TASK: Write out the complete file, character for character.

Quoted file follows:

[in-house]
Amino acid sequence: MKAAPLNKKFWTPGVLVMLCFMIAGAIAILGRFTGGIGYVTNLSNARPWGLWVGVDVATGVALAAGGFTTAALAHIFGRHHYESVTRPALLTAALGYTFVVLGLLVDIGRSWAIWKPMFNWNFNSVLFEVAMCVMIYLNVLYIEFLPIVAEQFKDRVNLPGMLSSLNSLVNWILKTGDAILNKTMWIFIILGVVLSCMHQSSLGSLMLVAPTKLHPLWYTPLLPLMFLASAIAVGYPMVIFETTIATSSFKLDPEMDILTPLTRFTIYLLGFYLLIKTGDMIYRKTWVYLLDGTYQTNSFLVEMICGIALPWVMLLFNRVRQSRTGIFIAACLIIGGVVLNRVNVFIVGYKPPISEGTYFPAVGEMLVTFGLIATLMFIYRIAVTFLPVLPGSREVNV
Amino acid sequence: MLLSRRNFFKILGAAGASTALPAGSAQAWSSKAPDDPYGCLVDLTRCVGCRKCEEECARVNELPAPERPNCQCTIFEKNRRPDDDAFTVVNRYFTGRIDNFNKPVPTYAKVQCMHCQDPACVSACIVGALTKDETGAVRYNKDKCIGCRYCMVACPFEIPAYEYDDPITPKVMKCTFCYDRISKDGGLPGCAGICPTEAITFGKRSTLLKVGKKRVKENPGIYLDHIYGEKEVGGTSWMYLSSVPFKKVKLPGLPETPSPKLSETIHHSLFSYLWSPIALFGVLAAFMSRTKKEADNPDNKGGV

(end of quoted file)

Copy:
[in-house]
Amino acid sequence: MKAAPLNKKFWTPGVLVMLCFMIAGAIAILGRFTGGIGYVTNLSNARPWGLWVGVDVATGVALAAGGFTTAALAHIFGRHHYESVTRPALLTAALGYTFVVLGLLVDIGRSWAIWKPMFNWNFNSVLFEVAMCVMIYLNVLYIEFLPIVAEQFKDRVNLPGMLSSLNSLVNWILKTGDAILNKTMWIFIILGVVLSCMHQSSLGSLMLVAPTKLHPLWYTPLLPLMFLASAIAVGYPMVIFETTIATSSFKLDPEMDILTPLTRFTIYLLGFYLLIKTGDMIYRKTWVYLLDGTYQTNSFLVEMICGIALPWVMLLFNRVRQSRTGIFIAACLIIGGVVLNRVNVFIVGYKPPISEGTYFPAVGEMLVTFGLIATLMFIYRIAVTFLPVLPGSREVNV
Amino acid sequence: MLLSRRNFFKILGAAGASTALPAGSAQAWSSKAPDDPYGCLVDLTRCVGCRKCEEECARVNELPAPERPNCQCTIFEKNRRPDDDAFTVVNRYFTGRIDNFNKPVPTYAKVQCMHCQDPACVSACIVGALTKDETGAVRYNKDKCIGCRYCMVACPFEIPAYEYDDPITPKVMKCTFCYDRISKDGGLPGCAGICPTEAITFGKRSTLLKVGKKRVKENPGIYLDHIYGEKEVGGTSWMYLSSVPFKKVKLPGLPETPSPKLSETIHHSLFSYLWSPIALFGVLAAFMSRTKKEADNPDNKGGV